In 1513 the Portuguese became the first Europeans to establish a maritime route to China.
Their motives were a combination of a quest for trade and territory, and a desire to promote Christianity in the region. This anthology of translated extracts of first-hand accounts by contemporary travellers, merchants, missionaries and officials, includes writings by JoaA de Barros, one of the most prominent chroniclers of the Portuguese overseas endeavours. The importance of the Macau peninsula as a point of exchange in trade between China and Japan is charted in extracts from, amongst others, the journals of the Italian Jesuit Father Matteo Ricci. As this collection of writings shows, the formation of the Dutch East India Company in 1602 heralded the gradual erosion of Portuguese influence in China.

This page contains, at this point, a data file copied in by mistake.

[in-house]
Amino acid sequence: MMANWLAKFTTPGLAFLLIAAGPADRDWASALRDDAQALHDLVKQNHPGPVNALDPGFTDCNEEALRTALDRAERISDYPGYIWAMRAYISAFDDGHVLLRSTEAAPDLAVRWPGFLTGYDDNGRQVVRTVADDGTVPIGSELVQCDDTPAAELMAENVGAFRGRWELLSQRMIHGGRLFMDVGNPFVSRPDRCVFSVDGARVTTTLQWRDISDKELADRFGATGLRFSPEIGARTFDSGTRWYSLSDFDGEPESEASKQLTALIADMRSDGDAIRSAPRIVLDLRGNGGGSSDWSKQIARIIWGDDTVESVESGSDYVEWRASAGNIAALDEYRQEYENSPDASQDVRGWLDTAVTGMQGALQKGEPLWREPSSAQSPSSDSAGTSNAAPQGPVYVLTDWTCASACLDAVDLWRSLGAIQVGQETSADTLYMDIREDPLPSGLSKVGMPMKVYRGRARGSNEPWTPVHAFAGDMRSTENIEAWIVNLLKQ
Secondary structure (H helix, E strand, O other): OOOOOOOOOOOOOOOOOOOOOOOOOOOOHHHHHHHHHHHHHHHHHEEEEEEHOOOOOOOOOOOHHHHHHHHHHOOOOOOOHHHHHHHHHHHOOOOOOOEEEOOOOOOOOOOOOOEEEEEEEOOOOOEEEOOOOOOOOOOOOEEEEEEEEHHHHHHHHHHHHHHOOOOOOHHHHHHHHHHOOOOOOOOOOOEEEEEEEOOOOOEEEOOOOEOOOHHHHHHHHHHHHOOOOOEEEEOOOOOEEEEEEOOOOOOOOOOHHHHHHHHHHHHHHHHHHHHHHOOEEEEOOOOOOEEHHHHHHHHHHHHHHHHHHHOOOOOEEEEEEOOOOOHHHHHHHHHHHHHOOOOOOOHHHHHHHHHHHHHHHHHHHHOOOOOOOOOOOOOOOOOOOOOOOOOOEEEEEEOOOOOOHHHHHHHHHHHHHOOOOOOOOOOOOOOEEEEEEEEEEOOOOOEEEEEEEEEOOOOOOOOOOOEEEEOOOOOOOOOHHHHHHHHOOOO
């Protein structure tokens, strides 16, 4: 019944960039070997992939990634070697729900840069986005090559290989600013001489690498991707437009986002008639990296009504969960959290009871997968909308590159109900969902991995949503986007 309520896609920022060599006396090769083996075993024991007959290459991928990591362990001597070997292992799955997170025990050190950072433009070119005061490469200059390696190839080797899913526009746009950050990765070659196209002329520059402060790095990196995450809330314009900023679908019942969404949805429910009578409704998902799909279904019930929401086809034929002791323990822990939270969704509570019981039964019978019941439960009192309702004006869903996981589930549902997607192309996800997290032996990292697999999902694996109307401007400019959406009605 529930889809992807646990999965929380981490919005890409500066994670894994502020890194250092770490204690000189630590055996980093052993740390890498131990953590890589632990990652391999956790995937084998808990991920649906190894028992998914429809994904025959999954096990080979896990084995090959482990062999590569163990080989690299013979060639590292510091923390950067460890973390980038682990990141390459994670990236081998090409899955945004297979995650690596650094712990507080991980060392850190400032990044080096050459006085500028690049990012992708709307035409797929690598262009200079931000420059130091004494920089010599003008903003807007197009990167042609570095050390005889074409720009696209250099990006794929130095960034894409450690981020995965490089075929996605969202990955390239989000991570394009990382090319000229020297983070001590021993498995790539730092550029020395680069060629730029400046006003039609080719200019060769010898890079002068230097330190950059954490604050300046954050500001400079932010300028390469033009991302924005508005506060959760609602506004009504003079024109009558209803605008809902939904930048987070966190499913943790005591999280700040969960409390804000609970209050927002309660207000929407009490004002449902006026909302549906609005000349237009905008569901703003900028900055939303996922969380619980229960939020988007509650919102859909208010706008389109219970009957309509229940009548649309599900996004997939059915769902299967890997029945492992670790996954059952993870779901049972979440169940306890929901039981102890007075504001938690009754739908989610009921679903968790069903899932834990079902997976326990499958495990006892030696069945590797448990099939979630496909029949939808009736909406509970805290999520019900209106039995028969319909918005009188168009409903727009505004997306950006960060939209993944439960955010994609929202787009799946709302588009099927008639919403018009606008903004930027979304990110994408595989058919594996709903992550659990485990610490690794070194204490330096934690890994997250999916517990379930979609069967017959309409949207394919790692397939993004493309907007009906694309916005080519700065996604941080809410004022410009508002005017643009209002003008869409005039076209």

Their imprint on Macau was more long-lasting, with their disengagement from the peninsula finally taking place in 1999.